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FCC Has More On Its Agenda Than Janet Jackson - It’s VoIP Regulation

Vonage In Print News

February 12, 2004

By Rick Smith

LocalTechWire Research Triangle Park - As hard as it may believe, the Federal Communications Commission has more issues to debate these days than the Super Bowl halftime show.

The FCC is scheduled this afternoon to discuss the growing controversy surrounding Voice over Internet Protocol phone calls.

While Janet Jackson and her partner in the Super Bowl expose - Justin Timberlake - get the headlines and the FCC threatens to fine TV station operators, FCC commissioners must decide if Voip constitutes data services, and therefore is deserving of non-regulation like the Internet, or Voip is voice.

The FCC and the Federal Government have been very supportive of Internet services to help the still-young technology evolve. (The Senate is debating once more a moratorium preventing states from taxing the Internet.) But traditional telephone providers and the Voip players are applying more pressure on the FCC to act.

Take a look at your phone bill - wireline or wireless - and you will see how heavily regulated traditional voice services are.

“If we don’t get some clarity from the federal government pretty soon, where will we be,” asked Jeffrey Citron, chief executive officer of Vonage, in recent press reports. FCC Chairman Michael Powell is already on the record as being in favor of limited regulation.

Voip is not a new technology. People have been using software and the Internet to covert voice into IP packets just like data and transmit their calls free of charge for a decade.

Now that Voip is showing traction in the marketplace with firms such as Vonage (100,000 subscribers) adding new customers daily, the FCC as well as federal regulators are being pressured to take a stand. AT&T has taken the side of “no regulation” alongside Vonage. AT&T, SBC and Qwest have all announced plans to offer Voip services.

Research firm IDC estimates that the Voip market was $3.3 billion in 2003 and will rise to $15.1 billion by 2007. That’s a fraction of the total telecommunications market, but margins are anorexic in telecom. A penny is a penny, and those pennies add up to a penny in earnings which can propel a stock higher or sink it if Wall Street analysts expectations are not met.

Local Tech Wire contacted several telephone companies to get their views on the issues. We also talked with Joe Freddoso of Cisco since Cisco has invested heavily in Voip telephony.

“State Public Utility Commissions, FCC and the courts are all over the place on this,” Freddoso, director of site operations in Research Triangle Park, says in relaying Cisco’s position, “so it is unclear how to properly label this service.”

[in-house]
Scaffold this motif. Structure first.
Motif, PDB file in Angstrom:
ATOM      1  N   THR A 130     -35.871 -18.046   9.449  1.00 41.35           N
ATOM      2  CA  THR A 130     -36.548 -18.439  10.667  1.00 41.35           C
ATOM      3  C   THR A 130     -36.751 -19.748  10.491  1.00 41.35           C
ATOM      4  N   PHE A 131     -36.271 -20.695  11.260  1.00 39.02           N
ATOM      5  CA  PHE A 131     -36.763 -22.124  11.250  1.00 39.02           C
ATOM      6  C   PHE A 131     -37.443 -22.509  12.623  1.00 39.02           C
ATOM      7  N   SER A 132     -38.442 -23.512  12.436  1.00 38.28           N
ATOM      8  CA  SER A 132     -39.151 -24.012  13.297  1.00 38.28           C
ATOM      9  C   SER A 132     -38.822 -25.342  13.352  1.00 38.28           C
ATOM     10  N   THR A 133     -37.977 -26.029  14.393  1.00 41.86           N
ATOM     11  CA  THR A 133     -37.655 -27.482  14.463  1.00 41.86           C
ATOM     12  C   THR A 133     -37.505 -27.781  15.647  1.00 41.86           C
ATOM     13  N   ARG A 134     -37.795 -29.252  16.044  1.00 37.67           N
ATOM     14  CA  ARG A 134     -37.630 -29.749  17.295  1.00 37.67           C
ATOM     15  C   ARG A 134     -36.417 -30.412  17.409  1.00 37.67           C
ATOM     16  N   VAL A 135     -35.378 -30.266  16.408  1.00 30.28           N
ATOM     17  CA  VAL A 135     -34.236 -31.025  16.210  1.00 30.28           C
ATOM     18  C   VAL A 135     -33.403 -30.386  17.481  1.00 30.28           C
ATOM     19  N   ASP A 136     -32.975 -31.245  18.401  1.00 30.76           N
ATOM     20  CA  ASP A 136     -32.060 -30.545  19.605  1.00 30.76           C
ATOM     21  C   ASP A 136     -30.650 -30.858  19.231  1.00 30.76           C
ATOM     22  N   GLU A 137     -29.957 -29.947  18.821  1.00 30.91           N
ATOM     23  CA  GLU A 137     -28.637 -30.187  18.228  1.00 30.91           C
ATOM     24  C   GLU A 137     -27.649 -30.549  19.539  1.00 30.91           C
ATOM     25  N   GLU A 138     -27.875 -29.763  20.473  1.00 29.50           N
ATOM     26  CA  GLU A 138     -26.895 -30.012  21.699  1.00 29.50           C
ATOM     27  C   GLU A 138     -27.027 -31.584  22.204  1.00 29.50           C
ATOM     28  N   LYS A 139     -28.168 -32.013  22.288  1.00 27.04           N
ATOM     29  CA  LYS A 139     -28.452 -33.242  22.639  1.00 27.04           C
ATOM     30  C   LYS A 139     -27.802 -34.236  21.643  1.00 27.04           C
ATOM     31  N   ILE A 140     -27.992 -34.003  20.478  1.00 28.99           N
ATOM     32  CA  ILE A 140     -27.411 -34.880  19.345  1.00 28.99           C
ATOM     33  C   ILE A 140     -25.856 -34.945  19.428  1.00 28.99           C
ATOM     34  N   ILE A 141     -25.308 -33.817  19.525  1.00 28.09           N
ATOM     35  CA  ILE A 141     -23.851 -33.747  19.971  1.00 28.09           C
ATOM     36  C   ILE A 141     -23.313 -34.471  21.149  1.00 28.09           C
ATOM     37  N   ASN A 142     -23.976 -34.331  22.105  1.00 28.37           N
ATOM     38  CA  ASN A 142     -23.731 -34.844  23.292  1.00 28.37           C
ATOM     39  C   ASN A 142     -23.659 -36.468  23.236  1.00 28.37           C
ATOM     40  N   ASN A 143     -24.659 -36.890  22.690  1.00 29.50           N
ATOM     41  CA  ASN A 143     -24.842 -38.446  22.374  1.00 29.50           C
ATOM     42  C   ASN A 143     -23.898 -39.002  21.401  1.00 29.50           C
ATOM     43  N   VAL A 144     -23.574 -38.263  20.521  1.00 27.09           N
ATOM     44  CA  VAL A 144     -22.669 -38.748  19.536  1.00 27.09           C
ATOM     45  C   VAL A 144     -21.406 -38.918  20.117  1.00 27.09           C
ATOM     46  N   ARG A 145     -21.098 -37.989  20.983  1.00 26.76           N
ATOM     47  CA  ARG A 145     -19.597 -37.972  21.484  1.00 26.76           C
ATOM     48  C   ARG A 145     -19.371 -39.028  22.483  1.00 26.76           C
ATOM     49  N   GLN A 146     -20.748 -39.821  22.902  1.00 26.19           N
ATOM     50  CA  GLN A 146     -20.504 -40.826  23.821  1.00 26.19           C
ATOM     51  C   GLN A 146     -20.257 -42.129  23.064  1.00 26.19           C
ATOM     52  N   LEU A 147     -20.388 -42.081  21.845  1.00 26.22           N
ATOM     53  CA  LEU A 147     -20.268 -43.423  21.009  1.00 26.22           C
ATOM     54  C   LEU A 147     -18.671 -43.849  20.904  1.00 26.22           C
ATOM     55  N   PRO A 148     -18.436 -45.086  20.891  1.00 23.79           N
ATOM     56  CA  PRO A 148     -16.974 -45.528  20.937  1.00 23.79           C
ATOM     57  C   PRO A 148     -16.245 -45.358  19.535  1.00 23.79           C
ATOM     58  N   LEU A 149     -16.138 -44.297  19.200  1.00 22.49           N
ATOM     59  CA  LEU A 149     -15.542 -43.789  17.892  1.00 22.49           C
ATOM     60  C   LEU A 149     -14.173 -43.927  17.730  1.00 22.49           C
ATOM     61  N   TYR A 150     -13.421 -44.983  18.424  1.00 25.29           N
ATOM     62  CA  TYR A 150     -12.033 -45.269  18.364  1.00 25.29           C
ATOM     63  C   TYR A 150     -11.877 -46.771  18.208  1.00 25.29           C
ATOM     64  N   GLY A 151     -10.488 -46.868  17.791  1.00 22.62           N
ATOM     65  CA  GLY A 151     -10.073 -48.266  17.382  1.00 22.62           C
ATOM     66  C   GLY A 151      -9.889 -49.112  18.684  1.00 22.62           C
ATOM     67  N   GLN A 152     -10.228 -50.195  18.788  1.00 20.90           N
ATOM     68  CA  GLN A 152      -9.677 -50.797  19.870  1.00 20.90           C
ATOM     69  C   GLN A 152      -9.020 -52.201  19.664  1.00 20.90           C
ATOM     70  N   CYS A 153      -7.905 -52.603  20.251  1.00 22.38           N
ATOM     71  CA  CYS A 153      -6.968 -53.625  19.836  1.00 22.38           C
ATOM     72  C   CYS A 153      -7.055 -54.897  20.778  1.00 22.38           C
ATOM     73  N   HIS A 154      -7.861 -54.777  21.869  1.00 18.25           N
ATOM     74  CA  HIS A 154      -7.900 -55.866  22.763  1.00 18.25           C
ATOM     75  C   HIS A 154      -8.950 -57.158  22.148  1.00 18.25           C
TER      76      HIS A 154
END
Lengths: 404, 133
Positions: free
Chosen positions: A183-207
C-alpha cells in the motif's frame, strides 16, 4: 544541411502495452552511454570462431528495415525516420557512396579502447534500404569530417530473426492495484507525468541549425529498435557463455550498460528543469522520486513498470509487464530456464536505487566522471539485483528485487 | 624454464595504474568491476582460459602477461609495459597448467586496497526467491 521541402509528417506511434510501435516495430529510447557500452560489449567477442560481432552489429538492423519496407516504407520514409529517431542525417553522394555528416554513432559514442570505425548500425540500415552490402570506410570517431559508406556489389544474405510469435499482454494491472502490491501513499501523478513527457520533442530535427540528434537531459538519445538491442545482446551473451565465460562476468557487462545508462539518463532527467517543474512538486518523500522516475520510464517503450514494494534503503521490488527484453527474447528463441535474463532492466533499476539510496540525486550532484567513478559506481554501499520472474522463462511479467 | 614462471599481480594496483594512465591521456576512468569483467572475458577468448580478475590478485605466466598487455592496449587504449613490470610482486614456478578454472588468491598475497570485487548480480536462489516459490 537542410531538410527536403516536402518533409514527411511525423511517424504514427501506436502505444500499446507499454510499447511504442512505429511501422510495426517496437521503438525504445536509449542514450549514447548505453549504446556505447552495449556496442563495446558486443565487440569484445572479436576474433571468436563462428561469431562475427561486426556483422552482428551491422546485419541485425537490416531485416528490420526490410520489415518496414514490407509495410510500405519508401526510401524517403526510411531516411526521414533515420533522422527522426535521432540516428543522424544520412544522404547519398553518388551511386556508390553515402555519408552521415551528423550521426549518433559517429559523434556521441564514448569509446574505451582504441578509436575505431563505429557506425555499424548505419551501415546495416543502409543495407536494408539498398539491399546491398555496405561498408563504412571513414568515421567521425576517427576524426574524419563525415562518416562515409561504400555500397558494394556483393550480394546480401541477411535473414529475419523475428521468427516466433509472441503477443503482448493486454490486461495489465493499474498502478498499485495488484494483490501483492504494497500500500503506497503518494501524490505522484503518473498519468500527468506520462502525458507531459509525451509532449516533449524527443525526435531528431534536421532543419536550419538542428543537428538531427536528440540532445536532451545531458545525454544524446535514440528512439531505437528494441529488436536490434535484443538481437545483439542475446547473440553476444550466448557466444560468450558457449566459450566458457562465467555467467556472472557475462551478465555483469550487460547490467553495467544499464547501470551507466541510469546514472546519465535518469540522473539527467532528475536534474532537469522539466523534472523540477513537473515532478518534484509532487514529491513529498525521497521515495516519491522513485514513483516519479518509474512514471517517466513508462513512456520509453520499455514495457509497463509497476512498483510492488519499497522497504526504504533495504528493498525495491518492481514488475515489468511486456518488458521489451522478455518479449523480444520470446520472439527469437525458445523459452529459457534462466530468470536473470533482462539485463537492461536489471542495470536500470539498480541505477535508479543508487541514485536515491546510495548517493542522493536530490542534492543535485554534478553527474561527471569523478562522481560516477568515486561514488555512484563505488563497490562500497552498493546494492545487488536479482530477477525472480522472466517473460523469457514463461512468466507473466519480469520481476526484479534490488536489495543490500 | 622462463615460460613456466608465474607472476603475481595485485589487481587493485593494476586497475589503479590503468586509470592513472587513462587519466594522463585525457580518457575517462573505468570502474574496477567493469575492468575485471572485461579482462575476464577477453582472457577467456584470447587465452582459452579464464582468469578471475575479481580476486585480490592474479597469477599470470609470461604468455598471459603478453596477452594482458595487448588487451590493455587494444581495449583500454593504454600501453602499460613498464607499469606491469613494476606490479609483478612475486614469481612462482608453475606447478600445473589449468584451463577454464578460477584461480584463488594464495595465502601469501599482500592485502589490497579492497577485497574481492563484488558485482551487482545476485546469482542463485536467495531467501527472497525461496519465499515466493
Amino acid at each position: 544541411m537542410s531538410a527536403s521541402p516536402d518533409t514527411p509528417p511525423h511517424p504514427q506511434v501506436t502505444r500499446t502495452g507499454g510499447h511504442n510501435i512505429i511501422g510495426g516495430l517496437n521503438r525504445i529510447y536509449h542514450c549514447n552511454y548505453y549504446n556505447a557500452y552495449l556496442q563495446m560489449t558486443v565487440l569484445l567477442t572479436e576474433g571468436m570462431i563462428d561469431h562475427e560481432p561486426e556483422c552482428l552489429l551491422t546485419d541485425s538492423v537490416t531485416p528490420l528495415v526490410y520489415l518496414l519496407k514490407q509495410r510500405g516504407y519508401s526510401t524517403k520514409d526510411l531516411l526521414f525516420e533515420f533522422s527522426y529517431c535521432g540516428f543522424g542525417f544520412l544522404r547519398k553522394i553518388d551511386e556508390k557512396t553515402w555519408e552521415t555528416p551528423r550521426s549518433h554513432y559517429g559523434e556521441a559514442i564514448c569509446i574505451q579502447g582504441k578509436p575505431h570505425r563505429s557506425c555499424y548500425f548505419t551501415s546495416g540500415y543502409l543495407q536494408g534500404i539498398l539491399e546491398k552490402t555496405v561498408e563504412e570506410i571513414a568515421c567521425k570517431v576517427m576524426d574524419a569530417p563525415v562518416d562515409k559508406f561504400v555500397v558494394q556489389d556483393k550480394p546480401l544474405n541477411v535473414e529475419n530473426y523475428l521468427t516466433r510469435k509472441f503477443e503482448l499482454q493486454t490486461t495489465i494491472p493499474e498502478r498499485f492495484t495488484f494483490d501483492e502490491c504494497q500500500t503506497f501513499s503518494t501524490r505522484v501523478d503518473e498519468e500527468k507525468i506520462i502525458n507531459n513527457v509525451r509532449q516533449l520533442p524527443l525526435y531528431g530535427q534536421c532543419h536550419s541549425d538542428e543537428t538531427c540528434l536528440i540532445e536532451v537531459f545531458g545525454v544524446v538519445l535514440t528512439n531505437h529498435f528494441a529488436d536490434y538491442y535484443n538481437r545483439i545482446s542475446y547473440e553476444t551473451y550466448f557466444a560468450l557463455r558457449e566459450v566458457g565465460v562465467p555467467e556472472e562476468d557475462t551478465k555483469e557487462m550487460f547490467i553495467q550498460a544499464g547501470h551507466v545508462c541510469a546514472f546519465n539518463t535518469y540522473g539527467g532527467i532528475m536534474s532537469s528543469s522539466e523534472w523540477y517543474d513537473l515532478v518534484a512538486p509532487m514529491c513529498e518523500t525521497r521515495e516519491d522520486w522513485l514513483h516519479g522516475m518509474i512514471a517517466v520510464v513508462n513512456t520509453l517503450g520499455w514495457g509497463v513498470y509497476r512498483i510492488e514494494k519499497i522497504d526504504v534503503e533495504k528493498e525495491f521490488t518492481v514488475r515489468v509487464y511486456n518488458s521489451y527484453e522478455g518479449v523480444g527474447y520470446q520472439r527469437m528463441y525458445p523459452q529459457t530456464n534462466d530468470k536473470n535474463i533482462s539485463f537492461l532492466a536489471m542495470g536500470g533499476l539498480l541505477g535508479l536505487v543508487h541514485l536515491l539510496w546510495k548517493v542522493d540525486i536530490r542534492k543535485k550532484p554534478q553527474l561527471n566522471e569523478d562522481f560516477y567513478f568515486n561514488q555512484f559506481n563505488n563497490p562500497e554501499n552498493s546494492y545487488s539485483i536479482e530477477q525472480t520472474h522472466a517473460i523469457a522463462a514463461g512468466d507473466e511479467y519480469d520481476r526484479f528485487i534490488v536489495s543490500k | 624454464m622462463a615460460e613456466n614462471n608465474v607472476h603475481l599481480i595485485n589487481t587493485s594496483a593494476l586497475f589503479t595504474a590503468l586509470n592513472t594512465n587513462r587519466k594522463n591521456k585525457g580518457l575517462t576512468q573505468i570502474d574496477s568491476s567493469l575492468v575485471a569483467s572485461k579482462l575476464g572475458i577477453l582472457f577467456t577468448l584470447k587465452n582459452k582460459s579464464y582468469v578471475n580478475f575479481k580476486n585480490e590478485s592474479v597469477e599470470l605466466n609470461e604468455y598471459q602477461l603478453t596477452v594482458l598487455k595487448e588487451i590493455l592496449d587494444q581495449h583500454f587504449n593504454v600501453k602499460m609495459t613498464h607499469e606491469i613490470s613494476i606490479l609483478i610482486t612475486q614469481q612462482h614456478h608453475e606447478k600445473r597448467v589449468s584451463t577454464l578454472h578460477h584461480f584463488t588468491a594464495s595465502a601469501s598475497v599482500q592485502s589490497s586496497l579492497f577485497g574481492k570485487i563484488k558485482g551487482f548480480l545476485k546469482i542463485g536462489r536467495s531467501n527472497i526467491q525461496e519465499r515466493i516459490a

A federal judge in Minnesota recently ruled that Voip is a data service and therefore can’t be regulated.

Carriers speak out

Todd Smith, corporate communications manager for BellSouth, says his company wants all players to be governed by the same set of rules.

“As Voip and other next generation technologies emerge, the lines will continue to become blurred between traditional telecom, data and information services,” he says, “and we hope that the FCC takes a position of limited regulation ion all areas and helps ensure that all competitors are subject to the same rules and requirements.

“A consistent, clear regulatory environment is essential to continued investment in infrastructure.”

Infrastructure - there’s a key point. BellSouth is spending substantial sums to upgrade its own infrastructure to support more Internet and IP -based services. But the telephony companies - regional Bells such as BellSouth, SBC and Verizon and so-called CLECs (competitive local exchange carriers) - are closely regulated when it comes to carrying voice traffic across each other’s intertwined networks.

Fees are charged - ½ a cent a minute to originate a call and ½ a cent to end the call. Voip calls get around those fees, one reason why Voip services are so cheap. Should Voip providers pay the same fees? That’s a huge question. If Voip calls can’t be delivered at lower costs than traditional calls, will consumers switched from their very reliable POTs (plain old telephone service) for VoIP, a still-evolving technology?

Sprint is adamant that Voip needs to be regulated and is urging the FCC to “act quickly” and “begin to provide some clarification.”

“To remain competitive, Sprint is currently using Voip on a limited basis but will explore expanding the use of Voip if the current rules stay in place,” the company wrote to LTW.